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Fully Qualified Private Teacher

Welcome to Philip M Russell Ltd and experience unparalleled private education with Online and In-Person Tutoring. Fully qualified and experienced teachering. We have our own classroom, laboratory and a TV Studo. All the equipment to do every practical.

1:1 Tuition £40 GCSE £50 A-level
Maths GCSE and A-level
Physics GCSE and A-Level
Chemistry GCSE and A-Level
Biology GCSE Maths and A-Level
Further Maths A-Level
Computer Studies GCSE and A-Level
A-Level Psychology and Sociology
Online and in-person 
Maths GCSE Online lessons from £25 per hour in a class setting.

See what we get up to

1:1 Tuition

Experience the best teaching from a qualified and experienced teacher with top-notch facilities for 1:1 teaching in a classroom and laboratory. Our teaching aids include visualisers, smartboards, and experiments for GCSE and A Level to aid understanding. We take electronic notes for students and send them straight to their phones using a Wacom Cintiq tablet, ensuring easy access to materials. Additionally, we have a vast electronic resource of hundreds of exam papers, including many not normally available to students. We offer both in-person and online teaching options from our TV studio, making learning accessible and convenient for all.

Teaching and Learning on-line

While many schools can't perform experiments online or in the classroom, we can, and it leads to better understanding. Our TV broadcast studio is equipped with studio lighting, multiple microphones, and up to 5 high-definition cameras to provide the best possible online learning environment. We have all the necessary experiments to aid learning and conduct lessons over YouTube and classroom sessions over Zoom from our multicamera TV Studios.

Daily Blog and Social Media

Read and Comment on the Blog https://hemelprivatetuition.blogspot.com/ 
Posted on June 19, 2024

A-Level students find hypothesis testing the most challenging concept and type of math to understand. In the run-up to the last Maths Exam, this is what all the students ask about and need to go over again. 

Posted on June 18, 2024

Playing with Pullies Finding out that with an eight to one pully the mass of the rope balances a 3 kg mass.

Posted on June 17, 2024

A potometer is used to measure the transpiration rate of a plant. We started using a leaf, but a few gave much better results, and we tried in different wind conditions - powered by a fan and measured with an anemometer.

Posted on June 15, 2024

Analog Computers can easily do things that are complex in digital terms, and it is right that students should be exposed to all types of technology so that they can make informed choices in the future.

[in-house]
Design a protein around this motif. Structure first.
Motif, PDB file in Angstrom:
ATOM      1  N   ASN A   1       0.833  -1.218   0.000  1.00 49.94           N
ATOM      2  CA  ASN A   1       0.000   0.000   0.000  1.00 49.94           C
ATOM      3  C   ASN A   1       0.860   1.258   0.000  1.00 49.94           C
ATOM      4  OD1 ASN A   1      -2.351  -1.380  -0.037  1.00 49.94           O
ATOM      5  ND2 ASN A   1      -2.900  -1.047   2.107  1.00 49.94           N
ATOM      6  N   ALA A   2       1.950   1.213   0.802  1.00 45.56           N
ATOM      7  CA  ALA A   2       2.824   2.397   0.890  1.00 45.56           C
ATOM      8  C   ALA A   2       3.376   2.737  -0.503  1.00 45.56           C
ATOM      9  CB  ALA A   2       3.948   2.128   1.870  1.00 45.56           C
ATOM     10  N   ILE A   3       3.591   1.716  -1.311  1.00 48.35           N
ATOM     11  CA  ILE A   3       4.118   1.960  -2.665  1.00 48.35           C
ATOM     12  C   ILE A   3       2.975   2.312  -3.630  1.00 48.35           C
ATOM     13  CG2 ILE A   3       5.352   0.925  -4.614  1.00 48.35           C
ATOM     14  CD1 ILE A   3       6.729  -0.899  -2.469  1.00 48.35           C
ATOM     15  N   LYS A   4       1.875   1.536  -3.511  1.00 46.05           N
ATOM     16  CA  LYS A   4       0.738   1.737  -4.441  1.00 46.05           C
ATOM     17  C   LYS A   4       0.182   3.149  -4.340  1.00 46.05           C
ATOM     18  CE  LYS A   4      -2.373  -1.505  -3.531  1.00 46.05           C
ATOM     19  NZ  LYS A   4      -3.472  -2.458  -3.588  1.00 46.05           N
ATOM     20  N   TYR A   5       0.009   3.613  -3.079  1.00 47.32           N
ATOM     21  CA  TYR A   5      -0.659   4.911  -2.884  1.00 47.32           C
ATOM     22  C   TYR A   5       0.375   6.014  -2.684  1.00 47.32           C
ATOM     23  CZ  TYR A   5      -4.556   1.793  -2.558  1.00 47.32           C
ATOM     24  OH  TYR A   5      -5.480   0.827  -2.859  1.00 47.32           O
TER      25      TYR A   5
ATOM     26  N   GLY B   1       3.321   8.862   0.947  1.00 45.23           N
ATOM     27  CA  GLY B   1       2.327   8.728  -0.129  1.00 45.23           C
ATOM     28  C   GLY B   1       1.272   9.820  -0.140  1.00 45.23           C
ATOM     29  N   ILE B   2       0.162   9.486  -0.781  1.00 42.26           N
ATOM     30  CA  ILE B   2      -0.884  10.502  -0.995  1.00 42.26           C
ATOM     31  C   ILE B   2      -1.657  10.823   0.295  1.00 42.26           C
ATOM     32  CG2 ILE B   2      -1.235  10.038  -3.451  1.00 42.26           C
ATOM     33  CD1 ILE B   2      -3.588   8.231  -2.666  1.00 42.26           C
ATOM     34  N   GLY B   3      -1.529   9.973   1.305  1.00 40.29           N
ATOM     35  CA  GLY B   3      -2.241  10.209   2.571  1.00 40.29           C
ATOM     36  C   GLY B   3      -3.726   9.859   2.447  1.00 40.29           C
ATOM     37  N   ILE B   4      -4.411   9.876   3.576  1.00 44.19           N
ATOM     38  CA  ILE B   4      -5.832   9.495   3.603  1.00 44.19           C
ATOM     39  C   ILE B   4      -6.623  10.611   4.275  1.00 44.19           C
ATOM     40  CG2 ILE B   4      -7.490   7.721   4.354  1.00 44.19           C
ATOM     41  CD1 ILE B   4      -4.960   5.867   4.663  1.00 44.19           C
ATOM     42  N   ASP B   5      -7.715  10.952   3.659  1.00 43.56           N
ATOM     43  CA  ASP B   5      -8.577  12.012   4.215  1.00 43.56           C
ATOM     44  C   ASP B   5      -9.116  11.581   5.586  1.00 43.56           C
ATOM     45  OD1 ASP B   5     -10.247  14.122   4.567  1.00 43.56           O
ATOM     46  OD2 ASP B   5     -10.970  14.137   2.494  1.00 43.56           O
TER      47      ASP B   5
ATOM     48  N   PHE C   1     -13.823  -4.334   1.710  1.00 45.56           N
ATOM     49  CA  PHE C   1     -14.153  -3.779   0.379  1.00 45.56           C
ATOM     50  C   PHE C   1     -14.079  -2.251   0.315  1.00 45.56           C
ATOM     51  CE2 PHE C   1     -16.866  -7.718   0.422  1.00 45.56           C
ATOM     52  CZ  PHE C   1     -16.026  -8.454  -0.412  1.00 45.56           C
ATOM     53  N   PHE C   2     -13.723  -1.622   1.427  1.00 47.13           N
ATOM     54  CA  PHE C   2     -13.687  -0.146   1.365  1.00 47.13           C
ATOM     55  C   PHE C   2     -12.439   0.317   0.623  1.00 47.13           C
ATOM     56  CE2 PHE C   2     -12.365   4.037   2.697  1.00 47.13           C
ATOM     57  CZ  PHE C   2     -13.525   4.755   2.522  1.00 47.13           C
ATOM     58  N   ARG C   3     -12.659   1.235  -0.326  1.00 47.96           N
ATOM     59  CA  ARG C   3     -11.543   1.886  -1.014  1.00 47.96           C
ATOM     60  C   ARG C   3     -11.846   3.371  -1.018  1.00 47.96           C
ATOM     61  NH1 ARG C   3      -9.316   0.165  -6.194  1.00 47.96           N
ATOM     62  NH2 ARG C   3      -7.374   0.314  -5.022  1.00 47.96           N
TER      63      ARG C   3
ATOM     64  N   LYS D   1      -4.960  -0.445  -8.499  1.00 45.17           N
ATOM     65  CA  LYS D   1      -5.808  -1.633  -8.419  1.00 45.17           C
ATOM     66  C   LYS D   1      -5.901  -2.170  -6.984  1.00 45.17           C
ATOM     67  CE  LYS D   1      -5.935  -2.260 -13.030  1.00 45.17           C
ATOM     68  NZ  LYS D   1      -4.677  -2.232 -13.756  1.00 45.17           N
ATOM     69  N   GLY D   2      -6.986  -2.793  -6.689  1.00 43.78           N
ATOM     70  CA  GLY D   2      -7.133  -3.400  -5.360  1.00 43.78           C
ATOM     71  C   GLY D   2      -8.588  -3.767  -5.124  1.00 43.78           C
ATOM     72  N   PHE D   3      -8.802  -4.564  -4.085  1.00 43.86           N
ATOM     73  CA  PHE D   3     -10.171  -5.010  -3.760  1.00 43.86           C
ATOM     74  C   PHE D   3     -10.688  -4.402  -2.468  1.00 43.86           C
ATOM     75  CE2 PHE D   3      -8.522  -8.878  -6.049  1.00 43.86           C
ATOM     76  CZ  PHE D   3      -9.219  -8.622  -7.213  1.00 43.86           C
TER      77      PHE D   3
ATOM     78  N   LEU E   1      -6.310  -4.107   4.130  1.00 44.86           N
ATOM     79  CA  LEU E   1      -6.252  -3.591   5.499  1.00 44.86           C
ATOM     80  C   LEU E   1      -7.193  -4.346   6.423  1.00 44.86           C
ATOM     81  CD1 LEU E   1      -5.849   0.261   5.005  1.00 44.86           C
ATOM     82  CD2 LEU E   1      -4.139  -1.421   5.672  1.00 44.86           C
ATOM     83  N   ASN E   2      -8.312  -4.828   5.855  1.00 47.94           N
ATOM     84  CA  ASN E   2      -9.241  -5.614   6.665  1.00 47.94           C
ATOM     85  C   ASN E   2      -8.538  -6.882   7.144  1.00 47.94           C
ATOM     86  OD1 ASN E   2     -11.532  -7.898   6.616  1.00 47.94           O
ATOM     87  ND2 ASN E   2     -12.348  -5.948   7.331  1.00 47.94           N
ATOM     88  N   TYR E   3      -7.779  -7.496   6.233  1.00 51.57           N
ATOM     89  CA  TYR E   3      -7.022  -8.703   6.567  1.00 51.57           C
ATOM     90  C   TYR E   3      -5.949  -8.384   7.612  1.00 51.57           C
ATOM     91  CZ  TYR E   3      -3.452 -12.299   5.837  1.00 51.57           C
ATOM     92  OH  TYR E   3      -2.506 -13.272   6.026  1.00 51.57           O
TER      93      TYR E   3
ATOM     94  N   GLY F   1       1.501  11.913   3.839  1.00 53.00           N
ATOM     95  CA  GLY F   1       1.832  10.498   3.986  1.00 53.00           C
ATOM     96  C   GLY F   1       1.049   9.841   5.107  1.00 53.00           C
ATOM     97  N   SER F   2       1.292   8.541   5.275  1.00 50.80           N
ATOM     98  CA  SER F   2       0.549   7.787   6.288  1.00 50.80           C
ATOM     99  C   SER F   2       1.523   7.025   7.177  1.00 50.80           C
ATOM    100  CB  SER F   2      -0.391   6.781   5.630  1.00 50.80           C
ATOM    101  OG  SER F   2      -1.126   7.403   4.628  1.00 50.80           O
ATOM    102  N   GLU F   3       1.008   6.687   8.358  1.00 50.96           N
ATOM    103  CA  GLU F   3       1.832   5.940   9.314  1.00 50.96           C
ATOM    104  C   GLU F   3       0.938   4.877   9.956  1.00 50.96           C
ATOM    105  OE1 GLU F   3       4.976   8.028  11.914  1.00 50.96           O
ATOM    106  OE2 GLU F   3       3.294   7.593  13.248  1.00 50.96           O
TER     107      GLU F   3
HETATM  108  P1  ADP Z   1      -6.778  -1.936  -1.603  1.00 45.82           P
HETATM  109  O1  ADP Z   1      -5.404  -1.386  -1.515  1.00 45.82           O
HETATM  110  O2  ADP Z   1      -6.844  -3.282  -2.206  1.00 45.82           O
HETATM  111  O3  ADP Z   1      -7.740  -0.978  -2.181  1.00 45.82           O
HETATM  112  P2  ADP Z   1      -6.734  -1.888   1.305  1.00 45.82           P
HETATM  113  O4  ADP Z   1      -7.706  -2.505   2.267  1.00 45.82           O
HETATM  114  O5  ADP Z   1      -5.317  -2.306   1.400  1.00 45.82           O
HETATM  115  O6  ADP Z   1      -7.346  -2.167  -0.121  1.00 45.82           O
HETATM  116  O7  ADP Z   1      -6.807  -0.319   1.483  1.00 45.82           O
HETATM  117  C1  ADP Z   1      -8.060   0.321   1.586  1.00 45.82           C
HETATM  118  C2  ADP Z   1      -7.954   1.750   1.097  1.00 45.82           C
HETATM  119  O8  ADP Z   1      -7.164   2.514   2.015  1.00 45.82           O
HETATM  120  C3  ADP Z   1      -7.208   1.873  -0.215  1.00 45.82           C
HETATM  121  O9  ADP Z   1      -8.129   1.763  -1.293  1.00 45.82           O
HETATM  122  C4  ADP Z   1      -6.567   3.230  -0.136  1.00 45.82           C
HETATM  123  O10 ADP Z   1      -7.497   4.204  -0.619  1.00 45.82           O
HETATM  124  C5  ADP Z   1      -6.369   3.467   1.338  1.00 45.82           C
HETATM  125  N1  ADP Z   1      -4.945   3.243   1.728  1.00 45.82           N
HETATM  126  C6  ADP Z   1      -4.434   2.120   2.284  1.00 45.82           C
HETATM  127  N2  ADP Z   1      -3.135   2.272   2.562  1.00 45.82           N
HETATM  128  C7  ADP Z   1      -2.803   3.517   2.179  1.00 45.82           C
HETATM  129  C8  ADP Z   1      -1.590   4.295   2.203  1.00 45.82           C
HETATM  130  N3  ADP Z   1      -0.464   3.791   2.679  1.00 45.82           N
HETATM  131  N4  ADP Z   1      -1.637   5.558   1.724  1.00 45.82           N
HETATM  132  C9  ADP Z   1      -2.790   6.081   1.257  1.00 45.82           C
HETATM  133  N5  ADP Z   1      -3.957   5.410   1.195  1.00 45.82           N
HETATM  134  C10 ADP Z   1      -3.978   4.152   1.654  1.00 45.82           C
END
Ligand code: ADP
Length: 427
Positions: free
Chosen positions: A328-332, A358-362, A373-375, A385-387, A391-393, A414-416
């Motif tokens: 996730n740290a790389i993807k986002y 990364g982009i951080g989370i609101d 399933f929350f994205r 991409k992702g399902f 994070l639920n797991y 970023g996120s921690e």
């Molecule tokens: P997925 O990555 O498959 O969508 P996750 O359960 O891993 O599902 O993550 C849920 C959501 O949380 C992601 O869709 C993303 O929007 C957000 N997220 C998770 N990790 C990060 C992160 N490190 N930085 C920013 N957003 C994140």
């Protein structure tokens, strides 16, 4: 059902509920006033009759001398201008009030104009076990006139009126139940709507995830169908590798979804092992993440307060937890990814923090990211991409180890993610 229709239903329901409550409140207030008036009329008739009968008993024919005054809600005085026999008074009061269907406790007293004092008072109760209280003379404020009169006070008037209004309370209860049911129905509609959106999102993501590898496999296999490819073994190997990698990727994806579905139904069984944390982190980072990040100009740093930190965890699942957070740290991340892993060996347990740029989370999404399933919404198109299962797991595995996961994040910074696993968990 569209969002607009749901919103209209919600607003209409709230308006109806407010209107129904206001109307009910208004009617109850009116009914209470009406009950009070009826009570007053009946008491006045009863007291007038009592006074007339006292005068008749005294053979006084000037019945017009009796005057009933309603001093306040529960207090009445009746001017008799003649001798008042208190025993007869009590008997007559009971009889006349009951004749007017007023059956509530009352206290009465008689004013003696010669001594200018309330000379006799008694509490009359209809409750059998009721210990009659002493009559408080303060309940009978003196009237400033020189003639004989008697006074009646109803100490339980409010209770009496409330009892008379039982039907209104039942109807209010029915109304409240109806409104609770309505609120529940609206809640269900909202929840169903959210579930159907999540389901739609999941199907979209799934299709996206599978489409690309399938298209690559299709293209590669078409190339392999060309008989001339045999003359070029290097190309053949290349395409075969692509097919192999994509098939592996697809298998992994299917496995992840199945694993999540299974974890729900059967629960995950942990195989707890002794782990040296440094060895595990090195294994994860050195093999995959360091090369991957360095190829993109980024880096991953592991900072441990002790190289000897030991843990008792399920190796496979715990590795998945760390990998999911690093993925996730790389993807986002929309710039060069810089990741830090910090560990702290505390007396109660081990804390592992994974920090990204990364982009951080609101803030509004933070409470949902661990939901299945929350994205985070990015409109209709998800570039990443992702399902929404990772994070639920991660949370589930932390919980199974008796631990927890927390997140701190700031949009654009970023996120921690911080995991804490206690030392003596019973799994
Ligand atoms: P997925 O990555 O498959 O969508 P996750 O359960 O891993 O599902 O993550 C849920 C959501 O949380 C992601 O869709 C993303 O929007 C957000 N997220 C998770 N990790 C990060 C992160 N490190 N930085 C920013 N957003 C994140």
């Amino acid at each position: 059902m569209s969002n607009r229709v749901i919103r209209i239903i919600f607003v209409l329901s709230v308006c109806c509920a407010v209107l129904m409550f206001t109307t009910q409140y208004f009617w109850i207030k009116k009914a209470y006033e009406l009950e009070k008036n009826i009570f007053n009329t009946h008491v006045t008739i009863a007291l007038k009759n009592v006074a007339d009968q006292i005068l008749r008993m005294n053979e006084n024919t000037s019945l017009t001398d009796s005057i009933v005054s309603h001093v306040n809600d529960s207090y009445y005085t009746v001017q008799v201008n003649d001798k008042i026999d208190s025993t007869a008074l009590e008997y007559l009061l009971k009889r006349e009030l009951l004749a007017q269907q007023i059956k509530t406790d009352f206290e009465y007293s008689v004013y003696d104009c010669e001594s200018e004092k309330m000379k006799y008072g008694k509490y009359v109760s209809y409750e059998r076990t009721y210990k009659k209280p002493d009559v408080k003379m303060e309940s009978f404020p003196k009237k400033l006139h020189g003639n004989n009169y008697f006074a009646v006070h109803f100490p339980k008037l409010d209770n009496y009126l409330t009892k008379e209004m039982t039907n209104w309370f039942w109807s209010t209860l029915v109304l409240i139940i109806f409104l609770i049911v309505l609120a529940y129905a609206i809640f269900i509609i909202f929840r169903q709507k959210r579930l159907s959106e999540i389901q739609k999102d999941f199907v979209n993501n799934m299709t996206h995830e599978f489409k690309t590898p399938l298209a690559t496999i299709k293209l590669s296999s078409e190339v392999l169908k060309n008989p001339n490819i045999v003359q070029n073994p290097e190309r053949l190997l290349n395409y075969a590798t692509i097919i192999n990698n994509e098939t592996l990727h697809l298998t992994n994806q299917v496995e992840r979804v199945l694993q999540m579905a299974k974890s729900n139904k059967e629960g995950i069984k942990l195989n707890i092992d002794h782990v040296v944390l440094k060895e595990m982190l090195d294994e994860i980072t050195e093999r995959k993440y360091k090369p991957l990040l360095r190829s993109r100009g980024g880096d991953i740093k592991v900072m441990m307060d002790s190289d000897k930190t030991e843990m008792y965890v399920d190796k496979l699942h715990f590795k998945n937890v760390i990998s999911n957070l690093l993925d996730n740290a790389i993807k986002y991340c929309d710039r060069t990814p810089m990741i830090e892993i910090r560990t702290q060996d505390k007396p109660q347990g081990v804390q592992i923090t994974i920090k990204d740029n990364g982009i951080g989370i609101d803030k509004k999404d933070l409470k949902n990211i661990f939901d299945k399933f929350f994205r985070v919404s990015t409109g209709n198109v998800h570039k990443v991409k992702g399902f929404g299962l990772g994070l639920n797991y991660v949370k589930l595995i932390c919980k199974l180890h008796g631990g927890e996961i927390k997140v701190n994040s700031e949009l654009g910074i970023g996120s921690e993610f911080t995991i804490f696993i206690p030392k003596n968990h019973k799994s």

Posted on June 14, 2024

The students had to figure out how the Kipps apparatus worked and what it could produce. Defeated, the use of the Internet improved things, and then a demonstration with Zinc and Acid explained everything.

Posted on June 13, 2024

Protecting the @pascoscientific Ultrasonic sensor when investigating Simple harmonic motion of a weight on a vertical spring. Safety also protects the equipment as well as the students.

Posted on June 12, 2024

GCSE Maths Done—Now is the time to think about how to get to A Level GCSE to A-Level Maths is a huge jump, and a conversion course is just what is needed to help. Those who didn't do it will regret it when the new term starts.

Posted on June 11, 2024

A potentiometer circuit is created to test how much better these circuits are than those with a resistor in series. Using Locktronics, the circuits could be created from the circuit diagram within moments, and observations could be taken and recorded.

Posted on June 10, 2024

Investigating Plant Hormones. How does light affect cress growth? When plants are growing in a clinostat and on the windowsill, how does the clinostat affect which way the plant grows?

Posted on June 8, 2024

Using Wireshark to look at the network and attempting to analyse what is going on the network for A-Level Computing. Most students are amazed at the network traffic on the system even when not much is apparently happening.

Posted on June 7, 2024

I brought the allotropes of carbon to life with some real-life examples, such as a diamond cutting glass, carbon fibre tape cutting it with scissors, and looking at examples like my computer fan filter, drawing with a lump of natural graphite. Fullerenes beat me as I didn't have any!

Posted on June 6, 2024

One of the things I teach is repeating titrations to get answers within 0.5ml of all the others. Using the @pascoscientfic titration drop counter, I only have to do this once and produce a perfect titration curve and temperature curve at the same time.